Additional randomized data are available from NSABP B-06.[7,8] This study was intended to include only patients with invasive cancer. However, on histologic review, a small subset of patients were judged to have DCIS. In NSABP B-06, as in the larger NSABP B-17 study, the addition of radiation reduced the breast failure rate from approximately 6% to 1%.
Following breast-conserving therapy for DCIS, recurrent lesions may be either invasive or noninvasive. In the NSABP B-17 trial, the addition of breast irradiation reduced the fraction of recurrences that were invasive. Among the group treated with local incision alone, 50% of the recurrences were invasive, whereas in the irradiated group, only 29% of the recurrences were invasive. Thus, the addition of radiation reduced both the incidence of a breast recurrence and the fraction of recurrences that were invasive.
Looking at the data another way, the annual rate of an invasive breast cancer recurrence was reduced from approximately 2.6% to 0.6% (a 76% relative risk reduction [P < .001]). Since patients with DCIS who develop an invasive recurrence are likely to be at a higher risk of death from distant metastases than those who have a recurrence of DCIS, this is an interesting observation.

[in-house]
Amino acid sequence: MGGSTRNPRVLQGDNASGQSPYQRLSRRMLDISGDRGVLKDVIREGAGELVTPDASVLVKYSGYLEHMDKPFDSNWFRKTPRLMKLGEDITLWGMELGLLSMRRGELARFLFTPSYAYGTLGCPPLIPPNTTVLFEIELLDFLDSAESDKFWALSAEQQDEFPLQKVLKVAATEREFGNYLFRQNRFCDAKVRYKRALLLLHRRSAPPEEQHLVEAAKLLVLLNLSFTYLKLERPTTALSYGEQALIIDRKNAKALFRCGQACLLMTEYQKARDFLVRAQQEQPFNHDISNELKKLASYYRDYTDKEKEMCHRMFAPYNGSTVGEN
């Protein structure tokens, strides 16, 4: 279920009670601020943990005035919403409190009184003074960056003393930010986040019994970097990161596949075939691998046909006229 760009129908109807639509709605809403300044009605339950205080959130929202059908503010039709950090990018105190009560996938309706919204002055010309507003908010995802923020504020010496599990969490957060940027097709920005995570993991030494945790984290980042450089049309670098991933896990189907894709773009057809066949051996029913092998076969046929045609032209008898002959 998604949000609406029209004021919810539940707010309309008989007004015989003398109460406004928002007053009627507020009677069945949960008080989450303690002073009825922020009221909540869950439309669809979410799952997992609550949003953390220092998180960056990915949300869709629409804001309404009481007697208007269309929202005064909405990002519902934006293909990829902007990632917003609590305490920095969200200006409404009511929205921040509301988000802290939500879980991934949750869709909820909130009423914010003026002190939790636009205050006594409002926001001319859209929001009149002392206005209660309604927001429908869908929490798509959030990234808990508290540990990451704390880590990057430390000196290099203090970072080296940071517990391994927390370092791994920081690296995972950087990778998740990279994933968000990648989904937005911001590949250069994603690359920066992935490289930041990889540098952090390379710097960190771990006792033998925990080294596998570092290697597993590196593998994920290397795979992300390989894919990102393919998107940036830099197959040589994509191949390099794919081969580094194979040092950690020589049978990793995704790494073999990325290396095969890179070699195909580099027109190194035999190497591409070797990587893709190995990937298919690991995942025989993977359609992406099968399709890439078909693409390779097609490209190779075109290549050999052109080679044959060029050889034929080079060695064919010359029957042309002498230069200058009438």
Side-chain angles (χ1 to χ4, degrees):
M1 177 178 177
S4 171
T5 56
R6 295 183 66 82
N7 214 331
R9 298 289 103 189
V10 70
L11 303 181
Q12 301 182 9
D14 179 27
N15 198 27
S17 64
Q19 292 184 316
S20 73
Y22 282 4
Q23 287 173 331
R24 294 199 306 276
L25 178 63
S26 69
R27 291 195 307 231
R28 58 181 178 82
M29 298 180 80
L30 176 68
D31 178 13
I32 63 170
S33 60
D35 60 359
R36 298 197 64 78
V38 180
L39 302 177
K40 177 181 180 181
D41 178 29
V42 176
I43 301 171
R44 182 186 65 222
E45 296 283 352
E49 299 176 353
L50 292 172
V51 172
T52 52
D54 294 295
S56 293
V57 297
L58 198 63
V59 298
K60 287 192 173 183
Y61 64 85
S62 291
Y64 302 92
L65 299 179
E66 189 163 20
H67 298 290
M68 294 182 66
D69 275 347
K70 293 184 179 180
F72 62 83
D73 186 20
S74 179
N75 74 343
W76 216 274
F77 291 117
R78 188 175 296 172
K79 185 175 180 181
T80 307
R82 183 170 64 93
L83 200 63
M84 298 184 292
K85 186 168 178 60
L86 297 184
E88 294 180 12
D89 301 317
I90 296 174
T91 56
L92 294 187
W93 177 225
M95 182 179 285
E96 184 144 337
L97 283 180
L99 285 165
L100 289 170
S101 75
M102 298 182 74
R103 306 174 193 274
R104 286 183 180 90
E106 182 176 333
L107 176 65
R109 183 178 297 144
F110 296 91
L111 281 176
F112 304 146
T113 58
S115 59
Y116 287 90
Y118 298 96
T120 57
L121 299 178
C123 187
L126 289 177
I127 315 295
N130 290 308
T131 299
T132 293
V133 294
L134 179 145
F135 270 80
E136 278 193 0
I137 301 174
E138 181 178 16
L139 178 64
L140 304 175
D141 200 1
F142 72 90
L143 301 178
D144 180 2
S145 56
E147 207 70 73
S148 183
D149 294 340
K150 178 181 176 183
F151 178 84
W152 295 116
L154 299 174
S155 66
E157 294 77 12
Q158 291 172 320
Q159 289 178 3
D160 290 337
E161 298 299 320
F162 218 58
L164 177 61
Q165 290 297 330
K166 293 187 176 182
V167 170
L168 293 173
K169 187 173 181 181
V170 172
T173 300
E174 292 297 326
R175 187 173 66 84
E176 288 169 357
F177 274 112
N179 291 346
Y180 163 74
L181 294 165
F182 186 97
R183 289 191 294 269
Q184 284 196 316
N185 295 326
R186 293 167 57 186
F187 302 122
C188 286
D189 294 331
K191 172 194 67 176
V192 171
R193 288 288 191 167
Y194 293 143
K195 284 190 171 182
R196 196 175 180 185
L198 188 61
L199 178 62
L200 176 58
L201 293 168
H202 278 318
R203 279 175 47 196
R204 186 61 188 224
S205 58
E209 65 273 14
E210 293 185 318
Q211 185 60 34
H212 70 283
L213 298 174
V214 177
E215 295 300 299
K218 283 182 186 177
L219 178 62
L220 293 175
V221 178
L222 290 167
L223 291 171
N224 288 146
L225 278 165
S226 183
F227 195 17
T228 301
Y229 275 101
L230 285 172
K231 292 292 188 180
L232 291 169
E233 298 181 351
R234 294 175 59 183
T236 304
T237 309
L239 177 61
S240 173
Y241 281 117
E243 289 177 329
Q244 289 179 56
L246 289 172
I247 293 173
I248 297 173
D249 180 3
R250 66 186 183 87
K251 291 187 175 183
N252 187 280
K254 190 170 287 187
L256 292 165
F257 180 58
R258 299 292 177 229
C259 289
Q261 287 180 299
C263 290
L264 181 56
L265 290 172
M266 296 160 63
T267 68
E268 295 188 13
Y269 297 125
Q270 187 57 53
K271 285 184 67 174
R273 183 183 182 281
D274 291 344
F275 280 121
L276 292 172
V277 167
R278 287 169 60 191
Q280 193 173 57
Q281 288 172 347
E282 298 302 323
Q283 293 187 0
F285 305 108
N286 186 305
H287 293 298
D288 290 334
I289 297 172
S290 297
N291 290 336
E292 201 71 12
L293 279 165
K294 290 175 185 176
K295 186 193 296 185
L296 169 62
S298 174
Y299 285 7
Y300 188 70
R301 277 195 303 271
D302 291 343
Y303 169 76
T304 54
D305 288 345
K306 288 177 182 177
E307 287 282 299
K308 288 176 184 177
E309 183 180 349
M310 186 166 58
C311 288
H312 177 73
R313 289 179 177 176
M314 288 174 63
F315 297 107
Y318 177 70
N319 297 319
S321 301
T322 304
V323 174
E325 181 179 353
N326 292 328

No differences in overall survival were reported in the NSABP B-17 trial.
The data from multiple nonrandomized series using lumpectomy without radiation therapy are summarized in Table 2.[13-26] The annual breast failure rate ranges from 2% to 6%, with a weighted mean of ~4%.
In the first six studies listed in Table 2, most or all of the patients had small mammographically detected lesions and negative resection margins. In this subgroup of studies, the breast failure rate ranged from 2% to 4.6%, with a weighted mean of 3.2%. In all of these studies, the observed annual breast failure rate exceeds that generally reported following lumpectomy plus radiation therapy.[9,10]
Prognostic Factors—In several of the studies listed in Table 2, various prognostic factors were identified that are related to the breast failure rate. Although the particular factors identified in the individual studies vary, alow-grade, noncomedo subtype appears to have the most favorable prognosis (Table 3).[14-20, 25, 26] The annual breast recurrence rate among patients with these "favorable" factors ranged from 0% to 3.8%.